Mr. Ryder’s big birthday
By LUIS MEYRELES / Towns Correspondent
Betty Ann Sutton raised two sons by herself in South San Francisco, supporting the family as an antique dealer. She also made art with pastels, held gallery shows and taught art students.
After 20 years of that, she wanted a change, “something less exhausting,” and went to work at a hat store.
“I sold my teacher car and bought a Mercedes,” said Sutton, 69. “Then the hat store failed.”
When business faltered, Betty Anne decided to try selling the hats at the Marin Flea Market. “I looked around and said, ‘Just look at all this stuff!’ I sold my Mercedes and bought a 1972 Toyota station wagon.”
Sutton parked that station wagon at the Colma dump near her home and started collecting antiques others had thrown out. Then she went to antique shows and rummage sales to sell her finds.
“I drove everywhere. Go to one, pack up, and go to the next,” she said. “Every day was a different show or sale.”
Sutton moved to Camp Meeker with the desire to do something for animals and her art. Forgotten Felines was holding a benefit. Sutton ran a rummage sale for the organization and raised $90. She was immediately hired as fundraiser “with no prior experience.”
She put the word out: “If you like animals and you have stuff you want to get rid of, call me. I sold my station wagon and bought a 1986 Ford Aerostar van. I still have it.”
Through her efforts in dealing antiques she became associated with the Antique Society, renting a space in the Gravenstein Highway emporium.
“Before long I knew all these people,” explained Sutton. “When I first came to town I didn’t know anyone. Volunteering, I met a lot of people. It made for a very full life.
“Around the same time I was thinking I could make more money if I leased a space, the Old Graton Post Office came on the market at $1 million. Six months later I saw it in the paper for much less. I called my Realtor and bought it that day.”
That was August 2002, and Mr. Ryder & Co. Antiques was up and running by October, with her items and spaces for other antique collectors. “I just did everything they did at the Antique Society. No need to reinvent the wheel. All the people I came to know in the community pitched in.”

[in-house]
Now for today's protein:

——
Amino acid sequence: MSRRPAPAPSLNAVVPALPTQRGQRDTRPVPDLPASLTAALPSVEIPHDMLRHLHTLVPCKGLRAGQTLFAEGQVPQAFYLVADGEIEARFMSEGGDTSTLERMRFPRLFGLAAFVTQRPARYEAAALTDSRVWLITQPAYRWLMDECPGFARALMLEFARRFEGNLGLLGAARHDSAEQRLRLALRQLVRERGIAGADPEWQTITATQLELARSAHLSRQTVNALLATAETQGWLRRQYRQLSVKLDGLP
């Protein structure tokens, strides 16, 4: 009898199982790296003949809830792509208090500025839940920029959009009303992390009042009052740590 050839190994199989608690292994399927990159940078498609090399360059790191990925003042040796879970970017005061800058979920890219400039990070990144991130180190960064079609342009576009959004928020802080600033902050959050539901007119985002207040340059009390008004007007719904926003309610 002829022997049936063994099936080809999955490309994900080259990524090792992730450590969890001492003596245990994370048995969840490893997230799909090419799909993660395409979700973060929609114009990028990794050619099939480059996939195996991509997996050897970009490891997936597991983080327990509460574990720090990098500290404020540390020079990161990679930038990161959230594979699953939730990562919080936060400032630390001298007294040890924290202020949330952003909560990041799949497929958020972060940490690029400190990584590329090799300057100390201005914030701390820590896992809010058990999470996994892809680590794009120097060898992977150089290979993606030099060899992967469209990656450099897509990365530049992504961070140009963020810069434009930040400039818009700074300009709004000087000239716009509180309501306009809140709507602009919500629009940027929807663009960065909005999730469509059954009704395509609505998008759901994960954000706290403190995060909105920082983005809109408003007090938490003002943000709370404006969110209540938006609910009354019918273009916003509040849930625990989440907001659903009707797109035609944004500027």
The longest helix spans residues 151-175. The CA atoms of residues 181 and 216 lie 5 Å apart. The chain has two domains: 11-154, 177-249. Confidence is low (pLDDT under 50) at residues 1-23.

Open a decade in October, the store got its name from her late dog, who in turn was named after her father. “Only his friends called him by his first name,” said Sutton, remembering her father. “He was Mr. Ryder to everyone else, so we named (the dog) Mr. Ryder.”
Each September she runs the Pet Parade as part of Graton Day.
“For $10 you can dress up your dog and walk in the parade. For the past two years proceeds have gone to All Aboard, a local animal shelter.
“We are very into rescue dogs. Each of the dealers has a rescue animal — Chester, Boomer, Gray, Norbert, Susie Q, Felix who just died, and Sarah Biscuit.”
There are 12 dealers at Mr. Ryder. “Each dealer has their specialty, something they’re good with.”
She has gotten good reviews from antique dealers and collectors who have come through her store. One such customer said it was well edited, another that it was like a museum.
“There is no junk” said Sutton. Her customers, she adds, are “locals, of course. Lots of people from San Francisco, interior designers and photographers.”
“I don’t know how people find us. The restaurants bring people. Martha Stewart found us, Lonely Planet, Sunset and Via.”
On Sunday, Oct. 7, the 10-year anniversary, Mr. Ryder and Co. will have a birthday party “in appreciation for the patronage and support I have received from the community,” said Sutton.
Mr. Ryder and Co. is at located at 9040 Graton Road in Graton, 824-8221, mrryderantiques.com.
Editor’s note: This story was updated to correct the date of Mr. Ryder’s birthday party.